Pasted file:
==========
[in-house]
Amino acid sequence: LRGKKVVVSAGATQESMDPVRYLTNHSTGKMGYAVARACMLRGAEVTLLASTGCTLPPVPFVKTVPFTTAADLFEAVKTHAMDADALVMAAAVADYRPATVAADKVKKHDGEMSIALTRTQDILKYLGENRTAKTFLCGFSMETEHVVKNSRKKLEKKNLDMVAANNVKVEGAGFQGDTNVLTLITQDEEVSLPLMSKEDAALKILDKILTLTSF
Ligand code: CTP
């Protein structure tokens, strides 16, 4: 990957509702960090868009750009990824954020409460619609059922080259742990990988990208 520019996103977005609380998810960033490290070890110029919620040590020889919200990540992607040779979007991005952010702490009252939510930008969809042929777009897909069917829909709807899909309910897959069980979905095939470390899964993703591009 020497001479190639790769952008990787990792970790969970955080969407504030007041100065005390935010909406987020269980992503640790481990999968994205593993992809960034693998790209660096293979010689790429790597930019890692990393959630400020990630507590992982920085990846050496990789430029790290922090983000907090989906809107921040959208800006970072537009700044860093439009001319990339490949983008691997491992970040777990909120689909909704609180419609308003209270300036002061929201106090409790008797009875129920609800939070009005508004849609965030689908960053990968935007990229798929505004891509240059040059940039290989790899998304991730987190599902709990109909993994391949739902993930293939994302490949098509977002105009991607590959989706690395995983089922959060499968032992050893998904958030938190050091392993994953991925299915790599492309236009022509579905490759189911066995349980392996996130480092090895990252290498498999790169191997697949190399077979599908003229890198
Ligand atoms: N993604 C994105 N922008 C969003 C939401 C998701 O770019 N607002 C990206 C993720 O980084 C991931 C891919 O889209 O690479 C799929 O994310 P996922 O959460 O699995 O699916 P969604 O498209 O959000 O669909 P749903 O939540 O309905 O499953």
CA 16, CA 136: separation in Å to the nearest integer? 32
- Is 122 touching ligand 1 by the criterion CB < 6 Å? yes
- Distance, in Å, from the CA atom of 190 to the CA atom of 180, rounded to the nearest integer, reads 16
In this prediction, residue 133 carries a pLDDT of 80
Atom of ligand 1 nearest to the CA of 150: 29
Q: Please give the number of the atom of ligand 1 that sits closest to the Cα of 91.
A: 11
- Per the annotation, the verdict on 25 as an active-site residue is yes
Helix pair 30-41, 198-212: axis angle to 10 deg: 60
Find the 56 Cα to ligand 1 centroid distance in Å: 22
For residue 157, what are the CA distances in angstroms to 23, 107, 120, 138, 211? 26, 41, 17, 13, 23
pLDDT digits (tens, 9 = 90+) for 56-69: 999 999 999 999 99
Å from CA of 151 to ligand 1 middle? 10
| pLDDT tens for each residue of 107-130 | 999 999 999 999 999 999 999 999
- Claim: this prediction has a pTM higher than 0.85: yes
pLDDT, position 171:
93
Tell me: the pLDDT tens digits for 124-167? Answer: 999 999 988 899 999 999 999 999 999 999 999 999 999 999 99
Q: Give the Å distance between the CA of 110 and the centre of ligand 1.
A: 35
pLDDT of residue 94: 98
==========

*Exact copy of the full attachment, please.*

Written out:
[in-house]
Amino acid sequence: LRGKKVVVSAGATQESMDPVRYLTNHSTGKMGYAVARACMLRGAEVTLLASTGCTLPPVPFVKTVPFTTAADLFEAVKTHAMDADALVMAAAVADYRPATVAADKVKKHDGEMSIALTRTQDILKYLGENRTAKTFLCGFSMETEHVVKNSRKKLEKKNLDMVAANNVKVEGAGFQGDTNVLTLITQDEEVSLPLMSKEDAALKILDKILTLTSF
Ligand code: CTP
């Protein structure tokens, strides 16, 4: 990957509702960090868009750009990824954020409460619609059922080259742990990988990208 520019996103977005609380998810960033490290070890110029919620040590020889919200990540992607040779979007991005952010702490009252939510930008969809042929777009897909069917829909709807899909309910897959069980979905095939470390899964993703591009 020497001479190639790769952008990787990792970790969970955080969407504030007041100065005390935010909406987020269980992503640790481990999968994205593993992809960034693998790209660096293979010689790429790597930019890692990393959630400020990630507590992982920085990846050496990789430029790290922090983000907090989906809107921040959208800006970072537009700044860093439009001319990339490949983008691997491992970040777990909120689909909704609180419609308003209270300036002061929201106090409790008797009875129920609800939070009005508004849609965030689908960053990968935007990229798929505004891509240059040059940039290989790899998304991730987190599902709990109909993994391949739902993930293939994302490949098509977002105009991607590959989706690395995983089922959060499968032992050893998904958030938190050091392993994953991925299915790599492309236009022509579905490759189911066995349980392996996130480092090895990252290498498999790169191997697949190399077979599908003229890198
Ligand atoms: N993604 C994105 N922008 C969003 C939401 C998701 O770019 N607002 C990206 C993720 O980084 C991931 C891919 O889209 O690479 C799929 O994310 P996922 O959460 O699995 O699916 P969604 O498209 O959000 O669909 P749903 O939540 O309905 O499953």
CA 16, CA 136: separation in Å to the nearest integer? 32
- Is 122 touching ligand 1 by the criterion CB < 6 Å? yes
- Distance, in Å, from the CA atom of 190 to the CA atom of 180, rounded to the nearest integer, reads 16
In this prediction, residue 133 carries a pLDDT of 80
Atom of ligand 1 nearest to the CA of 150: 29
Q: Please give the number of the atom of ligand 1 that sits closest to the Cα of 91.
A: 11
- Per the annotation, the verdict on 25 as an active-site residue is yes
Helix pair 30-41, 198-212: axis angle to 10 deg: 60
Find the 56 Cα to ligand 1 centroid distance in Å: 22
For residue 157, what are the CA distances in angstroms to 23, 107, 120, 138, 211? 26, 41, 17, 13, 23
pLDDT digits (tens, 9 = 90+) for 56-69: 999 999 999 999 99
Å from CA of 151 to ligand 1 middle? 10
| pLDDT tens for each residue of 107-130 | 999 999 999 999 999 999 999 999
- Claim: this prediction has a pTM higher than 0.85: yes
pLDDT, position 171:
93
Tell me: the pLDDT tens digits for 124-167? Answer: 999 999 988 899 999 999 999 999 999 999 999 999 999 999 99
Q: Give the Å distance between the CA of 110 and the centre of ligand 1.
A: 35
pLDDT of residue 94: 98